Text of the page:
Friday, February 29, 2008

. . . and a day

Notice anything odd about the third word down? The answer to come; the image originally from here.

It's February 29th, a day that literally doesn't come along all that often. Perhaps appropriately, then, I've learned two weird things today that seem worthy of perpetuating:

Via Edge of the American West comes this story of the all-too-brief existence of a word. It's too complicated a tale to condense or excerpt here; just go and read, then tell me if it's not one of the coolest stories of things lexicographical you've ever read.

Via this story on the movement to create a 13-month, 28-day calendar, I learned that Peter Bogdanovich--yep, that one--is a serious student of calendars and an advocate of the 13-month calendar. It was through the interview with him, by the way, that I learned that the phrase ". . . and a day" (as in "a year and a day") comes from the fact that many ancient cultures had 13-month calendars of 28 days, but that meant a year of 364 days, so an extra day had to be added to the calendar, a New Year's Day, so the calendar would be in synch with the Earth's orbit.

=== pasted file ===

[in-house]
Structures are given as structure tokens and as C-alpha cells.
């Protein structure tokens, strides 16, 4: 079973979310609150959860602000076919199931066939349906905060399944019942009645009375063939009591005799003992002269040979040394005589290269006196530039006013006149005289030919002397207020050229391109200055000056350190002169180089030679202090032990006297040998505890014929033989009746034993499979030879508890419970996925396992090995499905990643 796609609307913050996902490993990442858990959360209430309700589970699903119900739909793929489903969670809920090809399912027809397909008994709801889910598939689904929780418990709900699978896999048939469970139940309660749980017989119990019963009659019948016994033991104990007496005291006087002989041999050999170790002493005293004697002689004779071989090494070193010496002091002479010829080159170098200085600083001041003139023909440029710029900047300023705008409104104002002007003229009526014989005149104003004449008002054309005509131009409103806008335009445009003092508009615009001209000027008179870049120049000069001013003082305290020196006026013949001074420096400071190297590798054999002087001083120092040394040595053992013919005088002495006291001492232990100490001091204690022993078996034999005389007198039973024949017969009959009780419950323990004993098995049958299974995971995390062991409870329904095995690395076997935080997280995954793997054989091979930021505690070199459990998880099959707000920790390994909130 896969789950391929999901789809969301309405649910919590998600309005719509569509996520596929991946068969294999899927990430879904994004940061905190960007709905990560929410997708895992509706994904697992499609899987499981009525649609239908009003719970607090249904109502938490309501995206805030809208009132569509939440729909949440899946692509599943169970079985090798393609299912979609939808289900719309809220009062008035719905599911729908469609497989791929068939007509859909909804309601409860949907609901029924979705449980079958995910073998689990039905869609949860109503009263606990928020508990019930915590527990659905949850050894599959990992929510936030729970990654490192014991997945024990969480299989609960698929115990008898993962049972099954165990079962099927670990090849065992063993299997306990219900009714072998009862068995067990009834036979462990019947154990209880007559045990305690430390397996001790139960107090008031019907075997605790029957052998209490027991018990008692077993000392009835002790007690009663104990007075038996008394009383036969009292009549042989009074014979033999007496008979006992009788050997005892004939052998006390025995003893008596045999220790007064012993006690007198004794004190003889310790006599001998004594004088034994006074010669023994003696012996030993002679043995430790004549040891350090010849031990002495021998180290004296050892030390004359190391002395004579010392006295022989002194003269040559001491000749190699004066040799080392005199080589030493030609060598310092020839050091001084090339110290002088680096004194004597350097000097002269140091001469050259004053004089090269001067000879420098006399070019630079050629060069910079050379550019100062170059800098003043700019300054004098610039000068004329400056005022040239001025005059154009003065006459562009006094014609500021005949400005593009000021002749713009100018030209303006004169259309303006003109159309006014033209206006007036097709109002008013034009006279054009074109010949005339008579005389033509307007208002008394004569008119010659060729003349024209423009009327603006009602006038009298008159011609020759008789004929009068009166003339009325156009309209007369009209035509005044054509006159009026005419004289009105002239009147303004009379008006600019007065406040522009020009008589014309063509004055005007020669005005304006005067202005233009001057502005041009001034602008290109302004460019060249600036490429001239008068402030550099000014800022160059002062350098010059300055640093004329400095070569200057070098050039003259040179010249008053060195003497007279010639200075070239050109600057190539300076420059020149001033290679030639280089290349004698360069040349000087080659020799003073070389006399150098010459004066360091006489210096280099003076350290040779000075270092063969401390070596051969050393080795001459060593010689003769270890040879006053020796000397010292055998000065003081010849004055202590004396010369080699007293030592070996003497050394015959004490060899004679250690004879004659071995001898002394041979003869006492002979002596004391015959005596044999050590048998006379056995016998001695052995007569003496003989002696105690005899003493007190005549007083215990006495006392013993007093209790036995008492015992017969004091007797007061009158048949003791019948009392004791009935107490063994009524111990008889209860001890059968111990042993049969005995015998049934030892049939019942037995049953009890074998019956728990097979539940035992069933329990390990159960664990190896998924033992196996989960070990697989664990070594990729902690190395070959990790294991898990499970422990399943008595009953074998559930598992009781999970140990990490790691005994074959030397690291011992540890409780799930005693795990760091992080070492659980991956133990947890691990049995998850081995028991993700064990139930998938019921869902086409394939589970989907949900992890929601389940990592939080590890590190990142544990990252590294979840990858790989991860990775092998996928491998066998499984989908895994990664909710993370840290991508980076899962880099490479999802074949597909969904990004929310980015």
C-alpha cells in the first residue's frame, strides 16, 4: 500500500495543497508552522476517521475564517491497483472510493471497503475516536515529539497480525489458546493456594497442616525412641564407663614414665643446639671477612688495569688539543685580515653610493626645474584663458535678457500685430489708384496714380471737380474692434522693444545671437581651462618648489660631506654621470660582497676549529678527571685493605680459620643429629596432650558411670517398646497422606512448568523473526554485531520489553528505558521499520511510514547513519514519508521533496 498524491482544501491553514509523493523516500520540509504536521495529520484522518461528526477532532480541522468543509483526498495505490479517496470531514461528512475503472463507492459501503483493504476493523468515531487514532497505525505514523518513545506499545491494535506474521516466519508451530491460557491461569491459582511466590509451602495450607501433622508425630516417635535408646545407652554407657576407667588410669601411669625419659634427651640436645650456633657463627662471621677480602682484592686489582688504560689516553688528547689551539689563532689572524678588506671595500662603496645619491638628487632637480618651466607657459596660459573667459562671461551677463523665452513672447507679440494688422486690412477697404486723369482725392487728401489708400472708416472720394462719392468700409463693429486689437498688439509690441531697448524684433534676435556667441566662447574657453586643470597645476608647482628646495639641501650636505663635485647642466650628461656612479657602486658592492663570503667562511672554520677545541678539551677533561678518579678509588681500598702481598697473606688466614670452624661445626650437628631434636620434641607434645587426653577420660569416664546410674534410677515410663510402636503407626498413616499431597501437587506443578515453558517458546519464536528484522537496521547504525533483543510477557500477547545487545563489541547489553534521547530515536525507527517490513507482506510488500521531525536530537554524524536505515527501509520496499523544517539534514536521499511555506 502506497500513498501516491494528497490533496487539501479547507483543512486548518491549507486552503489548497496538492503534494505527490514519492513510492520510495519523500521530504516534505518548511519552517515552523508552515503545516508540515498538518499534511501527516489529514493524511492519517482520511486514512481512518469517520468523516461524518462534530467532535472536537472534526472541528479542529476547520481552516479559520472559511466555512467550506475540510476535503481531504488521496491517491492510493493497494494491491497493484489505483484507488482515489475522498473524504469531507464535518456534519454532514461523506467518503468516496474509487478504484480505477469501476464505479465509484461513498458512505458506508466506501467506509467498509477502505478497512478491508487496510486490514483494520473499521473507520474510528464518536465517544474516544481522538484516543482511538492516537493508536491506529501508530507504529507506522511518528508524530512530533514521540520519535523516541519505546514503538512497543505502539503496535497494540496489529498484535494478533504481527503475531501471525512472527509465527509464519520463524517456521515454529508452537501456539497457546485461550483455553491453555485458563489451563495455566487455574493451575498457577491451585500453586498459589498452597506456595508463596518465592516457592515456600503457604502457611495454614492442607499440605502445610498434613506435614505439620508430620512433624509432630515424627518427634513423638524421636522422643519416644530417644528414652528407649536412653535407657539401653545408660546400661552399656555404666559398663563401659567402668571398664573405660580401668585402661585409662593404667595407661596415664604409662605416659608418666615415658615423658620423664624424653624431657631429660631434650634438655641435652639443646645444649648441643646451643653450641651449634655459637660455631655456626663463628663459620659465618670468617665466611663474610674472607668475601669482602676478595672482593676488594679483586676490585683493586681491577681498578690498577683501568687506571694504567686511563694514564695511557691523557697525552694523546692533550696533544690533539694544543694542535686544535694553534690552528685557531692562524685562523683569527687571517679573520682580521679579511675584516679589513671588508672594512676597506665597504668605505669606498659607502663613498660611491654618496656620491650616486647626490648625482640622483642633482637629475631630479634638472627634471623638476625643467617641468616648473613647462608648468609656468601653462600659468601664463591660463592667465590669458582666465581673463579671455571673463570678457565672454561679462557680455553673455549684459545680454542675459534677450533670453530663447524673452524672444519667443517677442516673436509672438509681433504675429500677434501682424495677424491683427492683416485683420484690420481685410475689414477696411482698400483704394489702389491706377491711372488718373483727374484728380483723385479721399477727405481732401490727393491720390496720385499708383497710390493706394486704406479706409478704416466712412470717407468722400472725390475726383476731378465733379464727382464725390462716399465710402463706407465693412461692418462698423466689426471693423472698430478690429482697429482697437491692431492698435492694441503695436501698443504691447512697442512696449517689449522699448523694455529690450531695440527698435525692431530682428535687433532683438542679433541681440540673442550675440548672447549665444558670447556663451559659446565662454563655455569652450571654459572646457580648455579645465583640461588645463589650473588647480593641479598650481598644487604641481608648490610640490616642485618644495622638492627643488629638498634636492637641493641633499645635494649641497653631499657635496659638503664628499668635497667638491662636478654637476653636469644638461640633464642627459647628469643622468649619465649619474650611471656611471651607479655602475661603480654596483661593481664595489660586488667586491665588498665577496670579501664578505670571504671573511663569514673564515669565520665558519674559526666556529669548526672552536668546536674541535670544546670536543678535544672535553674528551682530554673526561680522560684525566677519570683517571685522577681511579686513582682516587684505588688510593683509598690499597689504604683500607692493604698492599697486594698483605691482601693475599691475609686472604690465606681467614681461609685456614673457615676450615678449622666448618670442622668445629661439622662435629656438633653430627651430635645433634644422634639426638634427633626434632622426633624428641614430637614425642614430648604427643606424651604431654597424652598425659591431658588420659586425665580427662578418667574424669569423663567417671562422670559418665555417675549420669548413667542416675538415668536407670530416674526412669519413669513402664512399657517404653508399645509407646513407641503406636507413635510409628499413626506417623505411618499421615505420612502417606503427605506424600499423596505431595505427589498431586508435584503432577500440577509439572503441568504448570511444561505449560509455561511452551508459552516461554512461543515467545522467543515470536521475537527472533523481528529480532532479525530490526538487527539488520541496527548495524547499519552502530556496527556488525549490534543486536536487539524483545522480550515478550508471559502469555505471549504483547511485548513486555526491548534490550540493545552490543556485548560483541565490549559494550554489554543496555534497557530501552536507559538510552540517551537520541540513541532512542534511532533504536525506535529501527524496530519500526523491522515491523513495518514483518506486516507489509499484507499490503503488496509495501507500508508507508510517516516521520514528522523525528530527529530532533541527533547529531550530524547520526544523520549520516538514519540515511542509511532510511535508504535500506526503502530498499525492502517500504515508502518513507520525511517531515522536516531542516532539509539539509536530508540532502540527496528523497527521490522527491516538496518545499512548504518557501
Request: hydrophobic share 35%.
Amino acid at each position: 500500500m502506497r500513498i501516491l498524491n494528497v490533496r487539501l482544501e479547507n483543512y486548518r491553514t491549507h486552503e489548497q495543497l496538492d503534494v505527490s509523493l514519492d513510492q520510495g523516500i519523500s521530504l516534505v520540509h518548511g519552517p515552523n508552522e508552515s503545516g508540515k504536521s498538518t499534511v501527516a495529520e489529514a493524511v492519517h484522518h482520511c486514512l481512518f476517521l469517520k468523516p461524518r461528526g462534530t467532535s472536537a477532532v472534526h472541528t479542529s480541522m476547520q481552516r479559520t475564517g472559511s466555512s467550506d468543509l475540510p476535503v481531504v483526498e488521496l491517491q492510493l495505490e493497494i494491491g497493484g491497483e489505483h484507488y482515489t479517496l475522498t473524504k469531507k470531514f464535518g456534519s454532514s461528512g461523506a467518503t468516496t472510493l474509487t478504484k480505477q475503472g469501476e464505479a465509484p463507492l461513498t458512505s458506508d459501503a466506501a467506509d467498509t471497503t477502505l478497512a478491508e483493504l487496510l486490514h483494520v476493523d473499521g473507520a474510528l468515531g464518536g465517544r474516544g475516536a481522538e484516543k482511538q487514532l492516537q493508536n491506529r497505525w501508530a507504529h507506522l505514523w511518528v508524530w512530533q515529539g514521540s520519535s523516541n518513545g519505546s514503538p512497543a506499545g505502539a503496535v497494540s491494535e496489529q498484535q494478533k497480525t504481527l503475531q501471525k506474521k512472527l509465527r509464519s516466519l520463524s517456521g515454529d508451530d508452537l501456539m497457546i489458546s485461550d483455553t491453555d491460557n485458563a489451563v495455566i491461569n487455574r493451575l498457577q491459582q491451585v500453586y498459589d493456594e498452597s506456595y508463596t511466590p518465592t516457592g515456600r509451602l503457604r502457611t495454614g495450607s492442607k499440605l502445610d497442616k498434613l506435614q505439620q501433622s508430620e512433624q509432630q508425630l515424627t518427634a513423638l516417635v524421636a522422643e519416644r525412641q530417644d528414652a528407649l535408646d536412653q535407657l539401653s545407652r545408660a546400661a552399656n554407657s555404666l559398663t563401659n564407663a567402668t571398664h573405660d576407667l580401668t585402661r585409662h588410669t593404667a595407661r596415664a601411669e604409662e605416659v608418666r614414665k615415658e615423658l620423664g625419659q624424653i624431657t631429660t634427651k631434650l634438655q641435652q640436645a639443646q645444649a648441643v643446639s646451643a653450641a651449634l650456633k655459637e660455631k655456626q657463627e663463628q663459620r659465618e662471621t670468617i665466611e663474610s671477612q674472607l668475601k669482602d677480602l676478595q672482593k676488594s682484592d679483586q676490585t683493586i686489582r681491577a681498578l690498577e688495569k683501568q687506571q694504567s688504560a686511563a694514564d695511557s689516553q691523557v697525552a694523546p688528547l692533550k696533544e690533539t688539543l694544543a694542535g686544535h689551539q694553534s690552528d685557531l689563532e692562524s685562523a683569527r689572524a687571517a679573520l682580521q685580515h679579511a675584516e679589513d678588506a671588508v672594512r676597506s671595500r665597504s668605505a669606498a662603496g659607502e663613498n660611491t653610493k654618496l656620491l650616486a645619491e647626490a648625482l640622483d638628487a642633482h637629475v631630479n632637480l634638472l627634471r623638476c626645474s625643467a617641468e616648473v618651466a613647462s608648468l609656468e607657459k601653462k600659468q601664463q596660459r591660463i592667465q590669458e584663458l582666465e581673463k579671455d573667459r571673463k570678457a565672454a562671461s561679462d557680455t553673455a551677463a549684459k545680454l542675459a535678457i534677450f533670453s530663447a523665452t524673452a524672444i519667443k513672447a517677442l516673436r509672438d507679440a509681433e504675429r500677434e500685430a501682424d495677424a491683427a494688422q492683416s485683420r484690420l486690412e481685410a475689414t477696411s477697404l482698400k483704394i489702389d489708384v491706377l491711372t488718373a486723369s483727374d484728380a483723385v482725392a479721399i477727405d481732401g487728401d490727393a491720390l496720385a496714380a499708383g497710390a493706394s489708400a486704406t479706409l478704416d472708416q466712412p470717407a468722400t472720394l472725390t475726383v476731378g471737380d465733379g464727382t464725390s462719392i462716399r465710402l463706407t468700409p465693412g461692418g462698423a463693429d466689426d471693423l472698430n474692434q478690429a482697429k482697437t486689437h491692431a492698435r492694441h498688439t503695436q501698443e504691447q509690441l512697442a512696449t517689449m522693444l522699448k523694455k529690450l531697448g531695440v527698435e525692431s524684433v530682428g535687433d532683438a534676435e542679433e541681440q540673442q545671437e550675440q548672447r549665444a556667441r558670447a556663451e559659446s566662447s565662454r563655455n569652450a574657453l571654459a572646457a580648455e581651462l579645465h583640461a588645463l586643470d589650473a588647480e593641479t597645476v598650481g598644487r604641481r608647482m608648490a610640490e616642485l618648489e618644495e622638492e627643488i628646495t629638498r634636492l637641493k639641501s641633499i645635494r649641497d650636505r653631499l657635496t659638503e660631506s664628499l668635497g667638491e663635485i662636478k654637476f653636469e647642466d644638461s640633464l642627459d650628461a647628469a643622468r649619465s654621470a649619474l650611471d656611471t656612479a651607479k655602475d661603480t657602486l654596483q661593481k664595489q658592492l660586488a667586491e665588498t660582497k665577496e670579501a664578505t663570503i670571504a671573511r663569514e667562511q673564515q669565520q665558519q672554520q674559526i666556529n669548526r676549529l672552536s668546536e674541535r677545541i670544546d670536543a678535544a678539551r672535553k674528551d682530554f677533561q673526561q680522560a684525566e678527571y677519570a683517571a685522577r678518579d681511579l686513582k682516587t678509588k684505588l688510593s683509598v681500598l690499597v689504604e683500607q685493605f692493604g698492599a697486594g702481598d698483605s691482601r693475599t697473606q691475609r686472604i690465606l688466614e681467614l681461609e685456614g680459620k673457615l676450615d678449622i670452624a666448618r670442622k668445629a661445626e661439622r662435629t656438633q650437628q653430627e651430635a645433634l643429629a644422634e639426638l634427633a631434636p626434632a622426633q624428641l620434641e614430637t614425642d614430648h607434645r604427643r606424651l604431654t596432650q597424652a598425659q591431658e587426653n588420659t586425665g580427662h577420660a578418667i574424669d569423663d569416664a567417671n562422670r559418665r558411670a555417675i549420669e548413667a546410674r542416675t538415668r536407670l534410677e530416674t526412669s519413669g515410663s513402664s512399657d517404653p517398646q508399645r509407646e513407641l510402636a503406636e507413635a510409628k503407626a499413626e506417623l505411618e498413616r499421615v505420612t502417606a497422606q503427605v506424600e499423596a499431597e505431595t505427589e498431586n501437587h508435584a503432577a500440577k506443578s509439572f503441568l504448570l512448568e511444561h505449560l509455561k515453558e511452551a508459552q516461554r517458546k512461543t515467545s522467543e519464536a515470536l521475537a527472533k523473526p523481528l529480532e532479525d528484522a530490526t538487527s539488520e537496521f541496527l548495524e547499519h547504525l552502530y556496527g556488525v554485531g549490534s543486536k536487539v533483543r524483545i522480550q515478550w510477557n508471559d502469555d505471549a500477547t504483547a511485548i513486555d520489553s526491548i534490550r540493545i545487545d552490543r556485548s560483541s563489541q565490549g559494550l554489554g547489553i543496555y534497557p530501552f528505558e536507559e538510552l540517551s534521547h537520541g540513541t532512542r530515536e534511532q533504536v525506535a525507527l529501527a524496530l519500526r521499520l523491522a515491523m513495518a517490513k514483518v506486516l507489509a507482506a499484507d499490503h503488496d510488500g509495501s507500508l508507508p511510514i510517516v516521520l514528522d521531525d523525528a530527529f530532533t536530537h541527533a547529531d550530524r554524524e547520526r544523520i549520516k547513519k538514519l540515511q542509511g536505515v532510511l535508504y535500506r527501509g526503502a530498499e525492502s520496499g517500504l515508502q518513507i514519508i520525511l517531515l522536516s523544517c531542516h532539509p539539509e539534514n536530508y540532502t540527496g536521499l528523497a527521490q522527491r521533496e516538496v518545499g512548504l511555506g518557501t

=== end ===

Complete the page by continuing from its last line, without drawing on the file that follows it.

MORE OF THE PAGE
Anyway. Class dismissed. I'll see you again in four years.


Winston said...

Fascinating little story about the word dord, m'lord. Makes me wonder how many others there could be, well at least before the modern era with computers checking and cross-checking everything.

John B. said...

That's what I wondered, too, Winston. In the old days of hand-copying texts, eye-skips of words, inadvertent(?) additions/deletions of words, etc., were, as you'd imagine, quite common. And in these days of auto-correcting word-processing software, I'm beginning to see a paradoxical return to those ancient days . . . except my students aren't quite as vigilant as monks precisely because a chief effect of these softwares is to make its users less vigilant.

Anyway. I'm glad you enjoyed that little narrative.

R. Sherman said...

Perhaps we should start a movement to bring back "dord," as in, "The dord of my butt seems to be increasing from sitting here all day." If we all vow to use the word at least one time per day, then eventually, it will work its way back. Maybe not today or tomorrow, but some day.

I better stop before I slap on a fedora and start talking to Louis.